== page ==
The search for happiness is the greatest search of all. Numerous philosophers, artists, poets, writers, and creatives tried to answer the greatest question of them all: “What is happiness and how to achieve it?”. We all want to be happy; everything we do in life is directed to that one goal: achieving happiness. But is there a happiness formula that, if you follow it, you’ll finally get to your goal? Well… yes and no.
Seligman’s Happiness Formula
Seligman came up with the idea that happiness is the sum of someone’s genetic capacities, voluntary control, and their circumstances. He emphasizes that person’s circumstances don’t have a significant impact on their happiness. This means that, although it often looks like that we’ll be happier with the new car or more money, it actually doesn’t have a high impact on our happiness in the long run. Seligman doesn’t say this out of the blue: research constantly shows that people have a “baseline of happiness” that stays the same no matter the life circumstances. But does this mean that we cannot have an impact on our happiness? Not exactly. Seligman says that voluntary control over our happiness has the most powerful effect on it. In other words, we can “learn” to be happier.
To achieve greater happiness, positive-psychology advocates “learnt optimism” exercises, such as sitting down each evening and listing things that went well that day; learning to feel grateful for what we have; and practicing random acts of kindness. Seligman also points out that lasting happiness has nothing to do with the hedonistic pleasures – shopping and partying – and more to do with solid values: a sense of community and meaningful work.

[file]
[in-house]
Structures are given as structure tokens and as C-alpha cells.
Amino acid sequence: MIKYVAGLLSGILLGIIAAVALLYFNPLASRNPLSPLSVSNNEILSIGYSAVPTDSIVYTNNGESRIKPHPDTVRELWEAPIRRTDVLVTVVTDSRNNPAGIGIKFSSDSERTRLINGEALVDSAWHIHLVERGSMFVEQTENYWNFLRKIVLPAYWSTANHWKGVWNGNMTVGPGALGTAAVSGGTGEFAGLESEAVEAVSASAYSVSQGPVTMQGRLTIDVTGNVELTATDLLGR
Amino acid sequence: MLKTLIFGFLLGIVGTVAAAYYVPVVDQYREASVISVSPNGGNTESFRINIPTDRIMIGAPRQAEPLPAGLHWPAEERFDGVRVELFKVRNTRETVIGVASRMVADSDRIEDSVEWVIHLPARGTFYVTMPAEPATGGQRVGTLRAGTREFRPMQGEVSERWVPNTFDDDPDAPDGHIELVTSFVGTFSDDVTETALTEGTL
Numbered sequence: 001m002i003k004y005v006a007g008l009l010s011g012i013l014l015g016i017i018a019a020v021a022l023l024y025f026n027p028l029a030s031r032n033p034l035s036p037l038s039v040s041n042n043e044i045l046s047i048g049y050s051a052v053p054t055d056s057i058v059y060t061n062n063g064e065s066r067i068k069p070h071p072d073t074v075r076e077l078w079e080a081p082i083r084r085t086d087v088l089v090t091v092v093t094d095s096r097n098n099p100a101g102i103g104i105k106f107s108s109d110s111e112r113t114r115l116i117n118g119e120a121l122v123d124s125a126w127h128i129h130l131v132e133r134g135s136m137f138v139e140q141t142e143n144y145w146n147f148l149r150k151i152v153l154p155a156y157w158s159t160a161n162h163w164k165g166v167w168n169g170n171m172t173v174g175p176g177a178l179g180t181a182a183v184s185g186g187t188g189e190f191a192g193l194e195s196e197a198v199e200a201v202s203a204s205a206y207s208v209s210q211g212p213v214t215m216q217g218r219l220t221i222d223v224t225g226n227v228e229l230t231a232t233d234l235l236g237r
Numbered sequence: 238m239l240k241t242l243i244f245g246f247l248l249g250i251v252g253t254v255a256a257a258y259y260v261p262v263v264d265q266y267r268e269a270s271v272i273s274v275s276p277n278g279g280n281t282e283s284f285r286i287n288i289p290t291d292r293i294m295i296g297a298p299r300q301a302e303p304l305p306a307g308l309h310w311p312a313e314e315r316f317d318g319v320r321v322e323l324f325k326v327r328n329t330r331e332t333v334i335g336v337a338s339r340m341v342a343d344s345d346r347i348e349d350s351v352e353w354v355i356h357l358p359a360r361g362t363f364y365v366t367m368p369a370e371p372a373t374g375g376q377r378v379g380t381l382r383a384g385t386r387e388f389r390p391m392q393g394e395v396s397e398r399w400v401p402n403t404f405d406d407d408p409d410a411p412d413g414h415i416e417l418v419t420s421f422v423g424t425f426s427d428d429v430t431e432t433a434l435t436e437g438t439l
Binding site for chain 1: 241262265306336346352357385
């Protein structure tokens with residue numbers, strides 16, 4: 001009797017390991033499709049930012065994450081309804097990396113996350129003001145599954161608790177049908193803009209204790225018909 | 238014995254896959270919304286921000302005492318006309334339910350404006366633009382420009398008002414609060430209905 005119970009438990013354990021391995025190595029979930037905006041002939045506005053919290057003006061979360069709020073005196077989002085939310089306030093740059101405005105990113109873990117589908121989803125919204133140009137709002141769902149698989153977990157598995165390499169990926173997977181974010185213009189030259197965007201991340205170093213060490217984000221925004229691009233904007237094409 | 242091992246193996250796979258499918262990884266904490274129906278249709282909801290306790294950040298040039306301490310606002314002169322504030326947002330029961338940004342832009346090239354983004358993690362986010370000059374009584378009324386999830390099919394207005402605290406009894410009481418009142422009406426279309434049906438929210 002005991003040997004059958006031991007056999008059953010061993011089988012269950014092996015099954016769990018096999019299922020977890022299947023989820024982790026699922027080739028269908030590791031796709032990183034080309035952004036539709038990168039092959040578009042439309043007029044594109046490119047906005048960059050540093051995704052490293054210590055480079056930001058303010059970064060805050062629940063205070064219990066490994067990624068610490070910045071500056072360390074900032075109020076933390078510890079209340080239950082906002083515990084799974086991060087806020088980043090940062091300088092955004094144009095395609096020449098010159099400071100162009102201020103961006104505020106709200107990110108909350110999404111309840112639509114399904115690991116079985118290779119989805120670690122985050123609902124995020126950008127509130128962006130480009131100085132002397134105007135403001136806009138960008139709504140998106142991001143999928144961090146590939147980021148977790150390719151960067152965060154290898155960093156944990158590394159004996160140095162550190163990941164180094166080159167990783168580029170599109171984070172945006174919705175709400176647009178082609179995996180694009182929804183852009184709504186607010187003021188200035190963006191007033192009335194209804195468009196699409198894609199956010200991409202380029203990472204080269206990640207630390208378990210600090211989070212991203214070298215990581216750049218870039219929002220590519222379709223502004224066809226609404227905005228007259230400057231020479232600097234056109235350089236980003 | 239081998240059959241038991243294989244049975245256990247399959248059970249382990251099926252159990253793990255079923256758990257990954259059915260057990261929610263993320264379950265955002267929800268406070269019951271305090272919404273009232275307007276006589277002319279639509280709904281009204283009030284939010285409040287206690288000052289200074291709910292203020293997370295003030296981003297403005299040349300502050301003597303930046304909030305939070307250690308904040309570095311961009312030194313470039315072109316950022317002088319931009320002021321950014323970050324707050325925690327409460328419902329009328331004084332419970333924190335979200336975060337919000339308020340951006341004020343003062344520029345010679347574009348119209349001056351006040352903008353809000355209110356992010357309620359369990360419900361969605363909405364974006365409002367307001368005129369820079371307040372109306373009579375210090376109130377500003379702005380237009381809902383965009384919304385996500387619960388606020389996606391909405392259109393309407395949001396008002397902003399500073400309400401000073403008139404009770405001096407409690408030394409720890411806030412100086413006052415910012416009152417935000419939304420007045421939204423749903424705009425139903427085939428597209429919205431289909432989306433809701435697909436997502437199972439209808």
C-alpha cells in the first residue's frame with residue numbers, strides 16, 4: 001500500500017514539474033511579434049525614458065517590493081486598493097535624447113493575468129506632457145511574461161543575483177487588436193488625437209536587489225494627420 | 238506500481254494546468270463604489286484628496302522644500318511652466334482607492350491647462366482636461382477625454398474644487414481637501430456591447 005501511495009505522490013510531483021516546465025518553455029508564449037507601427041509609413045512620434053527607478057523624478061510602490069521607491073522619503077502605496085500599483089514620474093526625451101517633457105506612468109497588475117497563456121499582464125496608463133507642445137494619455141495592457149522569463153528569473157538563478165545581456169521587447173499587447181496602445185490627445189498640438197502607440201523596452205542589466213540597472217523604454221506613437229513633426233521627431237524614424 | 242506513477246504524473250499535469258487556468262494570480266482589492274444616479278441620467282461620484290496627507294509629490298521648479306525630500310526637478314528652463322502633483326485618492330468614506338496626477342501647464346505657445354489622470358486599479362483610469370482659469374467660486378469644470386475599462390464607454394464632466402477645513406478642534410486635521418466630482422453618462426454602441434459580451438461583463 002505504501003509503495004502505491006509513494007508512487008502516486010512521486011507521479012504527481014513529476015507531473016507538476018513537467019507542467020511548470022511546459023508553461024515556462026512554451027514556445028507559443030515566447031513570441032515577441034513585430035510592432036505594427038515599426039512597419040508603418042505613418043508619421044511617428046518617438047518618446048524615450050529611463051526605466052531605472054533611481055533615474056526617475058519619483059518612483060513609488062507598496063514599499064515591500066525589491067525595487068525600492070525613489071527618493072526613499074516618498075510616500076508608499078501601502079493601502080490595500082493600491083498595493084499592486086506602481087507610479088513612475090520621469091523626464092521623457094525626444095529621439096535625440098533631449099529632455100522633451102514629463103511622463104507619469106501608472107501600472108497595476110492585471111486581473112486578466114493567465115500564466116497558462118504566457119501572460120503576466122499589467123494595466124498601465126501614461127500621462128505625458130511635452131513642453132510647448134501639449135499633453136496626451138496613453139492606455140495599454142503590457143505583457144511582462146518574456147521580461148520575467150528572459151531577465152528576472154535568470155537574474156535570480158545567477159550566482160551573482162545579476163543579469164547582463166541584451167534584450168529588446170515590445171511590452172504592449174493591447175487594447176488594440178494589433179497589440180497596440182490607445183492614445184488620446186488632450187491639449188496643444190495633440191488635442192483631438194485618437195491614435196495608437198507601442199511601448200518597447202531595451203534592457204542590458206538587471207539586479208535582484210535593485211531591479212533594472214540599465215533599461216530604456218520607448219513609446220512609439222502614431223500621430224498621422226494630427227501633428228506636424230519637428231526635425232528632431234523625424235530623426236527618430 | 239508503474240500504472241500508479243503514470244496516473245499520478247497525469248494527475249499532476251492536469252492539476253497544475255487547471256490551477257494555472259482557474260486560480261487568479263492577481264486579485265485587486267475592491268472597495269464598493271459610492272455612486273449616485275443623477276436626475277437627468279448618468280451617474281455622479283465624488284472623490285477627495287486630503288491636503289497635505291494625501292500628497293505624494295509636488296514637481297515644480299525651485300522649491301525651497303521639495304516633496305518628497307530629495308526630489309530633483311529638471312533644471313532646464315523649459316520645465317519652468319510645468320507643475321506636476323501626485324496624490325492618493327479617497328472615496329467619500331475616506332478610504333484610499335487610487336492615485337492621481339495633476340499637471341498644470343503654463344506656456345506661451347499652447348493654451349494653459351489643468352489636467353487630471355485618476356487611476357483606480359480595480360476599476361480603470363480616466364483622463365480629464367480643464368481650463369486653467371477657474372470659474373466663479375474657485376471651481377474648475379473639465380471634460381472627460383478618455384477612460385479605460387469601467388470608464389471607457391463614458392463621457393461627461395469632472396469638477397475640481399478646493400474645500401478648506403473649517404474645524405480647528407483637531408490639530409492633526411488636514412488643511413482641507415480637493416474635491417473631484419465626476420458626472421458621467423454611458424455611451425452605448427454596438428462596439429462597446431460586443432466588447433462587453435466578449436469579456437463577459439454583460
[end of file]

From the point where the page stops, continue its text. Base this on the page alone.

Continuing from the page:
On the other hand, there is no specified set of rules that you can follow, as we’re all different. However, these are some ways that can help you be more satisfied and happy with your life.
Research on what makes a marriage work shows that people in a good marriage have completed these psychological “tasks”. If your marriage doesn’t appear to check any of these boxes, you may want to have a look for a Divorce Lawyer that could come in handy for you at some point.
1. Emotional Independence from Primary Family
Separated emotionally from the family you grew up in; not to the point of estrangement, but enough so that your identity is separate from that of your parents and siblings.
2. “Together” Space and “Me” Space
Build togetherness based on a shared intimacy and identity, while at the same time set boundaries to protect each partner’s autonomy.
Establish a rich and pleasurable sexual relationship. Work together to protect it from the intrusions of the workplace and family obligations.
4. Staying a Happy Couple With Children
For couples with children, embrace your roles as parents and absorb the impact of a baby’s entrance into the marriage. Learn to continue the work of protecting the privacy of you and your spouse as a couple.
5. Together Through the Good and Through the Bad
Confront and master the inevitable crises of life together. Learn to cooperate when times are hard instead of blaming each other.
6. Your Marriage is Your Safe Place
Maintain the strength of the marital bond in the face of adversity. Marriage should be a safe haven in which partners are able to express their differences, anger, and conflict.
Use humor and laughter to keep things in perspective and to avoid boredom and isolation.
Nurture and comfort each other, satisfying each partner’s needs for dependency and offering continuing encouragement and support.
9. Keep the Spark
Keep alive the early romantic, idealized images of falling in love, while facing the sober realities of the changes wrought by time.